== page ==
This article retrospectively evaluates a mean 6.5 year outcome of massive allograft prosthetic composites in patients with osteoarticular resections of the elbow. This is a retrospective study of 10 patients with a total of 14 procedures. The outcome measures used were the Bryan-Morrey and Hospital for Special Surgery elbow scoring systems. The results indicate only a modest improvement in pain and stability, but overall a disappointing return of function. It was also significant that multiple procedures were used to optimize the results. Overall, they had an 80% rate of allograft host union.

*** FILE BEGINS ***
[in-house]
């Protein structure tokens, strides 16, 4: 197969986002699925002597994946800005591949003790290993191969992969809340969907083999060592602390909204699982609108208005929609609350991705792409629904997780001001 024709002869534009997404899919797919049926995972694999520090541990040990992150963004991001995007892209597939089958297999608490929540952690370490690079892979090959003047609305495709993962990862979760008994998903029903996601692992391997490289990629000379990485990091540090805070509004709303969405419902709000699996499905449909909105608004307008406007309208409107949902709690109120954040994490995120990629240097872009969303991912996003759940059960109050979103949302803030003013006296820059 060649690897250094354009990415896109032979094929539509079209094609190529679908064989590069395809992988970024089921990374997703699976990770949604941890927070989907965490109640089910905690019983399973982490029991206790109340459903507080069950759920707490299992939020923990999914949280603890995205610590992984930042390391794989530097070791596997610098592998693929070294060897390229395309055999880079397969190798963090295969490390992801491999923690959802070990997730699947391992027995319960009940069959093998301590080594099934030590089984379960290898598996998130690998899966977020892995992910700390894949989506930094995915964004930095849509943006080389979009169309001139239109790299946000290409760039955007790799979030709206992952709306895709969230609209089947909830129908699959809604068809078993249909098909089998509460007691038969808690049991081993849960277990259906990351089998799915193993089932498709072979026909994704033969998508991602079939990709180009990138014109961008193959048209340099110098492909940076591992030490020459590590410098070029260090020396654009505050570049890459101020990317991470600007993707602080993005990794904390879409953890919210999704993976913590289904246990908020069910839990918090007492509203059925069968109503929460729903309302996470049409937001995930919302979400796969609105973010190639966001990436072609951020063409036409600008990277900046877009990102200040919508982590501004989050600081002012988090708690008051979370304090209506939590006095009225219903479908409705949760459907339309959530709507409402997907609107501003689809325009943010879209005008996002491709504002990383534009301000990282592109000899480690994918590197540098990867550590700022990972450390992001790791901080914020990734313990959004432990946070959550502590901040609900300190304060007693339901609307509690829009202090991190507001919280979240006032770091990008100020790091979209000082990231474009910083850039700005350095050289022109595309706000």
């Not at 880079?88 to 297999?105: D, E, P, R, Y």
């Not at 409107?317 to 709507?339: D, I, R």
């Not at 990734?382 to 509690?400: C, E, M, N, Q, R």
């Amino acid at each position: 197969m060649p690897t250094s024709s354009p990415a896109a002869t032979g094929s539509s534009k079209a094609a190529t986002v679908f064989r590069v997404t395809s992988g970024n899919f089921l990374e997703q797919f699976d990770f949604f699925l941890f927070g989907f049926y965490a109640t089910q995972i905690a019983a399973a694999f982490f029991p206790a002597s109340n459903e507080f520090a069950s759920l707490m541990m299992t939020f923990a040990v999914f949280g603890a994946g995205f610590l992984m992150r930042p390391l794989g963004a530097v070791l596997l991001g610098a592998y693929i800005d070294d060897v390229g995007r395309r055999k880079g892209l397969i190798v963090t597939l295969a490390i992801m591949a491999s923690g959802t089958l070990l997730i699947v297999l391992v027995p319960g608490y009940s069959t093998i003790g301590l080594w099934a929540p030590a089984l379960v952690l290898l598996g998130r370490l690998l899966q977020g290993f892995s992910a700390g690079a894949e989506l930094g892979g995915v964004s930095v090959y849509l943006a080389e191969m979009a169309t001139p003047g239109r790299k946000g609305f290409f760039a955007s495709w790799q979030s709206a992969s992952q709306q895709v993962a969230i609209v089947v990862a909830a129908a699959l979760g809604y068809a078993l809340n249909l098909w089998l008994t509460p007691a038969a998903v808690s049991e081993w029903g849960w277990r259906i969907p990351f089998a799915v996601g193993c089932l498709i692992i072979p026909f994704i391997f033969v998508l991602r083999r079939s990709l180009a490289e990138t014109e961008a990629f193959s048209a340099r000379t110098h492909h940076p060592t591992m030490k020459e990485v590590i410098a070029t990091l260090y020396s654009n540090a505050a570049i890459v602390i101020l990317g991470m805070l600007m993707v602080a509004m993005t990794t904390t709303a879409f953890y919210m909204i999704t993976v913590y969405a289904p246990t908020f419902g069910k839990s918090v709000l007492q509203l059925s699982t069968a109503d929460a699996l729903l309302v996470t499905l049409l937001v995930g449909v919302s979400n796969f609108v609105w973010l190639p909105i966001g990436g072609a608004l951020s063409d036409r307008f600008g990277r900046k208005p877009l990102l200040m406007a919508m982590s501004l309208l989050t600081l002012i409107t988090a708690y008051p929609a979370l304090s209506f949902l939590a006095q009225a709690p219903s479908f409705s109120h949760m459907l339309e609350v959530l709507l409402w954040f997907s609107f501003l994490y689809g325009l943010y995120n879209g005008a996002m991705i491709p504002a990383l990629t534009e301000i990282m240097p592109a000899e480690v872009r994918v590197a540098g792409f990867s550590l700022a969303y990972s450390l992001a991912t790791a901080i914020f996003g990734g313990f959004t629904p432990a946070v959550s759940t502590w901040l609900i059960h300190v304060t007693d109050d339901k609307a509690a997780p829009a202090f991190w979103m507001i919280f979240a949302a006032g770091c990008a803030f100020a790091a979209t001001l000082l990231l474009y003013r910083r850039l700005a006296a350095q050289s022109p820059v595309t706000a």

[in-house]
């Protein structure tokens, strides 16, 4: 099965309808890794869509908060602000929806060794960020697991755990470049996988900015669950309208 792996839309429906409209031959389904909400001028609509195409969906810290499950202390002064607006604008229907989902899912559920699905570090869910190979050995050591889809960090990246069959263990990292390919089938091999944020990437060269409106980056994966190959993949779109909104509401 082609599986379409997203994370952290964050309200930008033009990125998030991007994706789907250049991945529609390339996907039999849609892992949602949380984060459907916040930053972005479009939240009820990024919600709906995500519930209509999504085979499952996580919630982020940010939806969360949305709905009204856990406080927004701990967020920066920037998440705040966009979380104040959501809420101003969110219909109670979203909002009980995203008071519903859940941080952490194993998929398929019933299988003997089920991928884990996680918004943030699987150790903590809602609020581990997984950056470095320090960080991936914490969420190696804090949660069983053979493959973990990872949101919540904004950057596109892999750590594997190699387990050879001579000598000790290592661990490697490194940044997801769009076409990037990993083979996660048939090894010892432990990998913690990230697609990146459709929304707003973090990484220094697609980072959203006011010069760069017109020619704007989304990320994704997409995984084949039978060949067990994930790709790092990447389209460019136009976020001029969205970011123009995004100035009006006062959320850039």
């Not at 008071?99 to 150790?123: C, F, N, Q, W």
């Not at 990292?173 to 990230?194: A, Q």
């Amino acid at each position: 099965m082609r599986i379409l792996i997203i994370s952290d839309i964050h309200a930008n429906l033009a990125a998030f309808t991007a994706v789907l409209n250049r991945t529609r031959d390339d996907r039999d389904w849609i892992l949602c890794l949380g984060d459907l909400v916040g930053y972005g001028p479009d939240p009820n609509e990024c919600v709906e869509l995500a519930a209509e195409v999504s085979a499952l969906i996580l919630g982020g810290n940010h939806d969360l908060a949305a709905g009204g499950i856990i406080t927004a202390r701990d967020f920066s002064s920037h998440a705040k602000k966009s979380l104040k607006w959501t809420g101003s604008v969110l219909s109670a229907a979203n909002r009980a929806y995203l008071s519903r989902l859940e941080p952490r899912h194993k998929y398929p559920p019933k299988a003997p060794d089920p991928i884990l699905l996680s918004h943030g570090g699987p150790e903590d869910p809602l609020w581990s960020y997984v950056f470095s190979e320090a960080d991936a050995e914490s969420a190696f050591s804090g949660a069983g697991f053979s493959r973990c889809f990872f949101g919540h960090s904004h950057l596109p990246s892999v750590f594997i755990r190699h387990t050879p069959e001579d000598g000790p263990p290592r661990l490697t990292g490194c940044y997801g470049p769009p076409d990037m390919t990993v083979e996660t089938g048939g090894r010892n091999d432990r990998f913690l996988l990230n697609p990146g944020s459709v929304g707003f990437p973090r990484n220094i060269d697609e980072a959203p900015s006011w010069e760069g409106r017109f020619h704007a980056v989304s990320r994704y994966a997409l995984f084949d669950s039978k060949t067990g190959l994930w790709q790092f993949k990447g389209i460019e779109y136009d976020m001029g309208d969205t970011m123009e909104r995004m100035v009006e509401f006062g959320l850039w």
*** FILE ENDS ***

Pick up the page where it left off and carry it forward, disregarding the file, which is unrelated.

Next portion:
The results of this article mirror those of hip and knee arthroplasty, with the exception of the poor return of function. Interestingly, although the mean active flexion/extension of the elbow is 90°, the patients still reportedly had poor return of function with independent self-care possible in only 3 patients. Overall, it is difficult to evaluate the results of this when compared with the results of composite osteoarticular allografts. This is an operation wrought with complications including heterotopic bone formation, nerve injury, and chronic deep infection.
Journal of Shoulder and Elbow